The "new" lesson plan book

Lesson plan book – is it too early to begin setting up my lesson plan book for the new school year? Is it, maybe, a bit neurotic to get going on this in the first week of July, with two months to go? NO!  I think most teachers would agree that their lesson plan book is pretty much attached to them once school begins – there is so much to do, and so little time, that having that week by week self- created guide/to do list/reminder book is key to maintaining some semblance of sanity and calm. I guess my motto is: Keep Calm & Carry Lesson Plan Book!
Here is my trusty old planbook – I’ve had the same kind for the last 9 years:
I love the fact that the page opens out to make equal room for the three subjects I teach: Language Arts, Writing Workshop and Social Studies.  And that I can scribble on notes, attach charts, and tack on post its as reminders, memos to self, and so on.  I know lots of colleagues who type up their lesson plans in color coded splendor, but I prefer using a pencil I need to sharpen every now and then, and a highlighter to mark essential questions.  I like being able to write, erase when needed, re-write – it allows me to think through my week and feel clear about what lies ahead.  
But, times do change.  Next year, we have a new evaluation system, and we are expected to turn in all projects, handouts, and assessments along with our lesson plans every two weeks.  The old-fashioned spiral lesson plan book was going to have to go…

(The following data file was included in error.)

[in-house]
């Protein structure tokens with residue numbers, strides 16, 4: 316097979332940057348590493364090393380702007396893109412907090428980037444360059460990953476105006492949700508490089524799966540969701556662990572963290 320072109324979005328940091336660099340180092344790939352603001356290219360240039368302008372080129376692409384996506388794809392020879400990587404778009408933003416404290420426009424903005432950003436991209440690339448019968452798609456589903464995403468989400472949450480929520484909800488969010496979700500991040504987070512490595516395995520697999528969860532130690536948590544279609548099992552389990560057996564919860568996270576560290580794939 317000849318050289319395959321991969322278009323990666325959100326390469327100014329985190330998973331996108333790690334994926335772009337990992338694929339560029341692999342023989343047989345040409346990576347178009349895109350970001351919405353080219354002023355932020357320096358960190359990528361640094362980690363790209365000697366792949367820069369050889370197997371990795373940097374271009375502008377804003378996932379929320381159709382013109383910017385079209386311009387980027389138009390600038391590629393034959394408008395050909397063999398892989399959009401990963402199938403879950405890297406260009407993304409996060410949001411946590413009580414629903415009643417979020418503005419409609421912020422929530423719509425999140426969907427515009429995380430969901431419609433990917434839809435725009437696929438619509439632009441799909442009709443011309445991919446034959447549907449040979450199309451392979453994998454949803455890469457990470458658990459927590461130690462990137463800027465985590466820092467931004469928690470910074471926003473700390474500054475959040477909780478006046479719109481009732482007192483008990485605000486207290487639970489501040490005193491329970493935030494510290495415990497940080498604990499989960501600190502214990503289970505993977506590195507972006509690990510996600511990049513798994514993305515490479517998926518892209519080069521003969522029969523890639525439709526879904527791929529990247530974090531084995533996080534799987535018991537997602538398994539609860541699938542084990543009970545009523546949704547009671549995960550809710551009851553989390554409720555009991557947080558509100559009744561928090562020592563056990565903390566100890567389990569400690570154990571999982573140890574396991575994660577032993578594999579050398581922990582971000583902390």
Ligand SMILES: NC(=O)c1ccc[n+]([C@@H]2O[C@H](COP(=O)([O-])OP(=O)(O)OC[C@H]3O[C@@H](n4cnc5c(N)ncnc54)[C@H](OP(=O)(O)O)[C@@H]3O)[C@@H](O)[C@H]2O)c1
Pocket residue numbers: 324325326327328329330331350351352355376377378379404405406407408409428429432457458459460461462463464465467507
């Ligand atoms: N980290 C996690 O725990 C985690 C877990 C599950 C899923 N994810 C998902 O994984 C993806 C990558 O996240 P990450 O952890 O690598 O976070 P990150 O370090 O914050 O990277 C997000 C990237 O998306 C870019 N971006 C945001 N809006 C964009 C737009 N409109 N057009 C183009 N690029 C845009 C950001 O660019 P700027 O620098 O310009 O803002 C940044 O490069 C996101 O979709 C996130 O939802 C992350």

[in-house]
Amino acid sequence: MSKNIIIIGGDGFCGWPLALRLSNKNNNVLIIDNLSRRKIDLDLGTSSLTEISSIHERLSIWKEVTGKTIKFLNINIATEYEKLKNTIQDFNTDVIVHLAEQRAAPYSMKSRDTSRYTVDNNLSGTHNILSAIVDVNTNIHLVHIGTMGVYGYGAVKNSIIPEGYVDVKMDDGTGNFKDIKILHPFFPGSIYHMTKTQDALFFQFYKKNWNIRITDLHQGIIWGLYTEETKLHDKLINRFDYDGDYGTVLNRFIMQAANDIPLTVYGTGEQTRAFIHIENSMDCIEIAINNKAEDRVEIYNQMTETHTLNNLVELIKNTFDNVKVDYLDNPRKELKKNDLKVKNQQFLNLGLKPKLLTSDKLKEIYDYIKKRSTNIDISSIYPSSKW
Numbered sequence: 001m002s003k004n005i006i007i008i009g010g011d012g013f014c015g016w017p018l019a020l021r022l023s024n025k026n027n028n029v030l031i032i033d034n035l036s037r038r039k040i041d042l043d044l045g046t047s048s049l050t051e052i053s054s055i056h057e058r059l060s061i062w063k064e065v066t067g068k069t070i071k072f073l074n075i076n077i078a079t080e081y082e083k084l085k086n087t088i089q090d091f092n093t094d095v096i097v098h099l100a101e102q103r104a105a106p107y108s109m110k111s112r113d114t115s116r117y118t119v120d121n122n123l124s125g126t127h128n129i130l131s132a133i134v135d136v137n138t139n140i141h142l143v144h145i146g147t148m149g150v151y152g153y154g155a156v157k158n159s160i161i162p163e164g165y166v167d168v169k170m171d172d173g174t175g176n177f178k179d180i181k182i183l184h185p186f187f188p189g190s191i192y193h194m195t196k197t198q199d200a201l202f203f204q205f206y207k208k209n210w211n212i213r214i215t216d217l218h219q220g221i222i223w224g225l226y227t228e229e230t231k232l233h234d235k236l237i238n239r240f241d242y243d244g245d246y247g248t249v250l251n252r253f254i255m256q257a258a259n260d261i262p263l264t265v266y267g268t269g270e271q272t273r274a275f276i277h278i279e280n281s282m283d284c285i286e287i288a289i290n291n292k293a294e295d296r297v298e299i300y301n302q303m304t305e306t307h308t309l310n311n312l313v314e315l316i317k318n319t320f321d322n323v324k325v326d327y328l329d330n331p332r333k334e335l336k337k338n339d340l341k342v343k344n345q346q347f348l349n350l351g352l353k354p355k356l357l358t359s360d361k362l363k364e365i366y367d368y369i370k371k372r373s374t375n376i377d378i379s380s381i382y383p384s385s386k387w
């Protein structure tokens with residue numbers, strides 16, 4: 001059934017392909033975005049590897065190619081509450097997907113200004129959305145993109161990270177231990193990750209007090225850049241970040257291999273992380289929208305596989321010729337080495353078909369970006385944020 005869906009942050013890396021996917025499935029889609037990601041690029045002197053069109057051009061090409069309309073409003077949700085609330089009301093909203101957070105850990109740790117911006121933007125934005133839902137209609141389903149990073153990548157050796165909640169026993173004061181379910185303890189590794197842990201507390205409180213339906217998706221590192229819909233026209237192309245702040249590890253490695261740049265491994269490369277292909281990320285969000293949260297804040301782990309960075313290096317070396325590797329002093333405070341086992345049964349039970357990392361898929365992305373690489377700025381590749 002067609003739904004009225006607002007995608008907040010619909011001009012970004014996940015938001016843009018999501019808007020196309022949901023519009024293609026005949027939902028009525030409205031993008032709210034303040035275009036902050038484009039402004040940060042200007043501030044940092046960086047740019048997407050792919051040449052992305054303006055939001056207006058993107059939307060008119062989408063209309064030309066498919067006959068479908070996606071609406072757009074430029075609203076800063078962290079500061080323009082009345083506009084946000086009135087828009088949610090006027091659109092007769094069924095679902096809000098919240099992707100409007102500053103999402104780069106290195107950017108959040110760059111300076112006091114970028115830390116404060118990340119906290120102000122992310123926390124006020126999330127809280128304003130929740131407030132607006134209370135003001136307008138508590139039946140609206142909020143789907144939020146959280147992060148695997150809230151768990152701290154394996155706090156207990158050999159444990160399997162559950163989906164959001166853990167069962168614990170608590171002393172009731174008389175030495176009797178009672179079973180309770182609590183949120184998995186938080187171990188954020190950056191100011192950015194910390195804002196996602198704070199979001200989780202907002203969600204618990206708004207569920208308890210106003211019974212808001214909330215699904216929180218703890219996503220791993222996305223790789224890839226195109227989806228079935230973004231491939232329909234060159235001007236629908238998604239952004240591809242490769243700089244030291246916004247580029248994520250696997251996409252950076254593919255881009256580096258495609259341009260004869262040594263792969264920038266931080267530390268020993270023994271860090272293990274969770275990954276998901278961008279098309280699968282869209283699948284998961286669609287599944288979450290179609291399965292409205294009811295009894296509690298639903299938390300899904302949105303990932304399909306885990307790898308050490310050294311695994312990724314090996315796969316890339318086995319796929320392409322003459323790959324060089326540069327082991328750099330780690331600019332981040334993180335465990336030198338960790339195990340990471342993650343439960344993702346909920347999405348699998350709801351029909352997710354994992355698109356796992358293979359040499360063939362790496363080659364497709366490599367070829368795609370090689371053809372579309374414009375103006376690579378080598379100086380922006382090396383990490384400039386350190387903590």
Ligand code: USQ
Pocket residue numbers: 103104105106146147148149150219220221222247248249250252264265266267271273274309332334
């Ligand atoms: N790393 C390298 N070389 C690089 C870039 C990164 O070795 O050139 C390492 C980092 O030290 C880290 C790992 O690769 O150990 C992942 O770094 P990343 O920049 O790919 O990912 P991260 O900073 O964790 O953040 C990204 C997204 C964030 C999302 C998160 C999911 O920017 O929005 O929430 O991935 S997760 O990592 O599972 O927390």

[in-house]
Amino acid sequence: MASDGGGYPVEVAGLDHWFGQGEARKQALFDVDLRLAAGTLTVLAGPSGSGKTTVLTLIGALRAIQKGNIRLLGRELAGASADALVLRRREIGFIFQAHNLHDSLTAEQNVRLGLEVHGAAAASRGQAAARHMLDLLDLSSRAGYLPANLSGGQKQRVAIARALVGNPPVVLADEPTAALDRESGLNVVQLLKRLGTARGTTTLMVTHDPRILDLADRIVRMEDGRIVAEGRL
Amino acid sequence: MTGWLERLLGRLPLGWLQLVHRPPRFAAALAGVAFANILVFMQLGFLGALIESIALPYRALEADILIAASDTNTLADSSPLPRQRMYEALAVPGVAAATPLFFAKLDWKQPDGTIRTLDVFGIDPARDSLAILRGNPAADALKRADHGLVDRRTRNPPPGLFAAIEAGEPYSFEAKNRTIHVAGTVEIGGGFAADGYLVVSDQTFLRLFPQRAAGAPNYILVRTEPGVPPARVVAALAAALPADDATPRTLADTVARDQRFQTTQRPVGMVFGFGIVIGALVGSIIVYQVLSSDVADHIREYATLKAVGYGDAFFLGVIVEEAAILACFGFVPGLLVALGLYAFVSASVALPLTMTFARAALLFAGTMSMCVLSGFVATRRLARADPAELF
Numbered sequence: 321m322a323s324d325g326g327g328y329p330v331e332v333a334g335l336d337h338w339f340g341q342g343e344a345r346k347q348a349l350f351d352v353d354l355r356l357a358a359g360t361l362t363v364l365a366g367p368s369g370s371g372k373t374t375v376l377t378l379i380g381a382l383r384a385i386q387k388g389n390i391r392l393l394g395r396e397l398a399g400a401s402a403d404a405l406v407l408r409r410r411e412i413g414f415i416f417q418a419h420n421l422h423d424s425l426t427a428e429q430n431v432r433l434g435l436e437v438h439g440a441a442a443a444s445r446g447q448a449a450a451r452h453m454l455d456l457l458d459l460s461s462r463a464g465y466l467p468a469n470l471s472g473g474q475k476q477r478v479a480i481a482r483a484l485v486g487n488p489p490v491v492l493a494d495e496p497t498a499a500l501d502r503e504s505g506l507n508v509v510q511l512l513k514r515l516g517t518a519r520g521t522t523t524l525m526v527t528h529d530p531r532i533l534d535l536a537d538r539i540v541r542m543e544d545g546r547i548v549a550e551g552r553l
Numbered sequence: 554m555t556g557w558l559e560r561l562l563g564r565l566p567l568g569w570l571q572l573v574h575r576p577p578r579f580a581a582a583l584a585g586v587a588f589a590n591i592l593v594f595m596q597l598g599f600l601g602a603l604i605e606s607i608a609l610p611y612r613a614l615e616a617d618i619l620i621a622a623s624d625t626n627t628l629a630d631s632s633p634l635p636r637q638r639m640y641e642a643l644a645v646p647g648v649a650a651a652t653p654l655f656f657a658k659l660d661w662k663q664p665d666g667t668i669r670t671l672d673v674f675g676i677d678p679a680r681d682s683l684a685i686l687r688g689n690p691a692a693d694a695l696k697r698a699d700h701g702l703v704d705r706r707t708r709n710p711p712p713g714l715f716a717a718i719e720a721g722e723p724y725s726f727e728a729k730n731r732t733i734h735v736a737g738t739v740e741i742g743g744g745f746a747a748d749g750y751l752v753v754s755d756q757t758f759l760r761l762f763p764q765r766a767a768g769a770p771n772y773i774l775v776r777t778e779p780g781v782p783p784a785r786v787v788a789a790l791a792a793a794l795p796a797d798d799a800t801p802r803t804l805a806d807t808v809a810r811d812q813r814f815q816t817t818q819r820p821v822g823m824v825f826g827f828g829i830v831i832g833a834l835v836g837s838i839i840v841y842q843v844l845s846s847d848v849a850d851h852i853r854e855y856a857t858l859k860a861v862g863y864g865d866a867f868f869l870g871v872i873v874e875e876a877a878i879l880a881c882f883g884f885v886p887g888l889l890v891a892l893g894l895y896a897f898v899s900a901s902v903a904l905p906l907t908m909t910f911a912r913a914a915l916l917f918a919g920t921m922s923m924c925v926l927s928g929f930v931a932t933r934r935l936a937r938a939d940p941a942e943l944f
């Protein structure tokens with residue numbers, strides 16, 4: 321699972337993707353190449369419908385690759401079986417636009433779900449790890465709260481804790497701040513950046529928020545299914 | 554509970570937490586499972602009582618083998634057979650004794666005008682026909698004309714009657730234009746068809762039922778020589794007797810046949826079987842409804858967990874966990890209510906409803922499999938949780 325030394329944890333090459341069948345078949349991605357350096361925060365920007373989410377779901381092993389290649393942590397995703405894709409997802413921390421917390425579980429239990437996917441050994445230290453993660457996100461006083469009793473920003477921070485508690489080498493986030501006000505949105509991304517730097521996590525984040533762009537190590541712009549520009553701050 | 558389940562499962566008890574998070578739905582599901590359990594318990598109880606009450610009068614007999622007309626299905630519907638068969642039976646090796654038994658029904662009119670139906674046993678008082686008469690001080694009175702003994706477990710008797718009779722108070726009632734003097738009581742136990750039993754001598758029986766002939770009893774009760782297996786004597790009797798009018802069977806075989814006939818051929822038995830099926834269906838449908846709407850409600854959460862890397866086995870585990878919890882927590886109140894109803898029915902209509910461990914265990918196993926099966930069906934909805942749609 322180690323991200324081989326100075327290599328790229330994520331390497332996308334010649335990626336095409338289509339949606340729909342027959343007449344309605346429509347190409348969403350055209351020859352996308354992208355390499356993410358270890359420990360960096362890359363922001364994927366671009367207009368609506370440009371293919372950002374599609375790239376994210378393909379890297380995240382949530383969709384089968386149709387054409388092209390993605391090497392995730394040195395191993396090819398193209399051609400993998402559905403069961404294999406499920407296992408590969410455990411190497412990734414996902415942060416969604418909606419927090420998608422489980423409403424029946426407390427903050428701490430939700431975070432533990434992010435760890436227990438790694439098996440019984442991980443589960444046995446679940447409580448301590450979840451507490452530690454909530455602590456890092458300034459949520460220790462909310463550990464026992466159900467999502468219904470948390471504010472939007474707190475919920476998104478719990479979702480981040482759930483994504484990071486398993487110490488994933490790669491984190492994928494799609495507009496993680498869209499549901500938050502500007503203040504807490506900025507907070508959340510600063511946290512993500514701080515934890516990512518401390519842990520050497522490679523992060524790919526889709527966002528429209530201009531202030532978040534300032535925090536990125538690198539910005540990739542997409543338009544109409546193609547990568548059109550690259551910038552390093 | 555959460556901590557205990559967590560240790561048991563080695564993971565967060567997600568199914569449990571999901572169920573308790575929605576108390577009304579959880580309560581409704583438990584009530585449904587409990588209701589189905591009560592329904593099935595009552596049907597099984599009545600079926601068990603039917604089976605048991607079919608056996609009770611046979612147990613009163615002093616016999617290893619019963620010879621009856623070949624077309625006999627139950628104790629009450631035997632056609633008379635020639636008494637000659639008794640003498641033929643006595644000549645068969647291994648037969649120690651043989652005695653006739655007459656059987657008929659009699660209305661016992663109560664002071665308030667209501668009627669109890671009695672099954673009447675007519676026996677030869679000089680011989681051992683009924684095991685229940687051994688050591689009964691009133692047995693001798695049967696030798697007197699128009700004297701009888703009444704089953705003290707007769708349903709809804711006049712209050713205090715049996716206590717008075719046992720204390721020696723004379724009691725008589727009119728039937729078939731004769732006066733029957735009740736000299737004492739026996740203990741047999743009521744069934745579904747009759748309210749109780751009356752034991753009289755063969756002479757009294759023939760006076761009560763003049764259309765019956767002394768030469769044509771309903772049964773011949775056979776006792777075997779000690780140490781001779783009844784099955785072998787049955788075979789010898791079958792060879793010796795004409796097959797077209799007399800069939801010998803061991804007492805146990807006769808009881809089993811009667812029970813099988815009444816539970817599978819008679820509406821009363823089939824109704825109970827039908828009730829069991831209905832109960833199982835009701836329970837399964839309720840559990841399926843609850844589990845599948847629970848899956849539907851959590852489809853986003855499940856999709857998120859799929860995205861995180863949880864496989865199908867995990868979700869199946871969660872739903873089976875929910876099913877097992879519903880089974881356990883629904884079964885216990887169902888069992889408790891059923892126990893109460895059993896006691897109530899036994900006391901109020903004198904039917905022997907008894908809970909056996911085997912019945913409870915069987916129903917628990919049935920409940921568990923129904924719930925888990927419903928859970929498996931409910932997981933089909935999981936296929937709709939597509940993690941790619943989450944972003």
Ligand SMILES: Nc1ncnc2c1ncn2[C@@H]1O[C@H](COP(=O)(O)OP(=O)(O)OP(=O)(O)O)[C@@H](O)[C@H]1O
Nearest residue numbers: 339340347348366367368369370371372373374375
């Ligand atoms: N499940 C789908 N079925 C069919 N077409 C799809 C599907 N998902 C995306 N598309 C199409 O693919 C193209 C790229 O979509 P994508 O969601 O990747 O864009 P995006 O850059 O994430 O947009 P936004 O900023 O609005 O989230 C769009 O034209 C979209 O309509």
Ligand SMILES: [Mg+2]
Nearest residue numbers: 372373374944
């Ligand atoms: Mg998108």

I could adapt the old to the new. Which is what I did.  I purchased a brand new 1 1/2 inch binder – something strong that would last the year.  This was a lot of fun to choose and personalize, for some reason, and I enjoyed the process more than I  thought I would:.   

Since I really loved the old fold-out three subject page format, I simply removed these from a new plan book and 3-hole punched them to fit within the new binder. Presto – new binder, trusty old page format.  For some reason, this idea came upon me late one night, and also made me extraordinarily happy:

I have one section set aside for my heavily annotated copy of the Common Core State Standards.  I have notes from many a session at TC scribbled exactly where I need them, so why print ourt a brand new copy and start all over again?!

I set aside a section for my “yearly plan” – my month-by-month plan for units in my subject areas.  For a time, I leave in last year’s section as well, just to refer to and fine tune.  A lot of hard work went into that plan, even though I will move things around to suit a new group of students and a brand new school year.

I left sections open for my gradebook, and for the projects/assessments/handouts that I’m expected to turn in:

So, there you go…a new lesson plan book for a new school year: something old, something new, something borrowed (from last year) ….but nothing blue? I guess I should have thought of that when I purchased that binder, but I find red is just a much more cheerful, positive color – just what I need to keep beside me through the new school year.
I’d love to know how others set up their planbooks!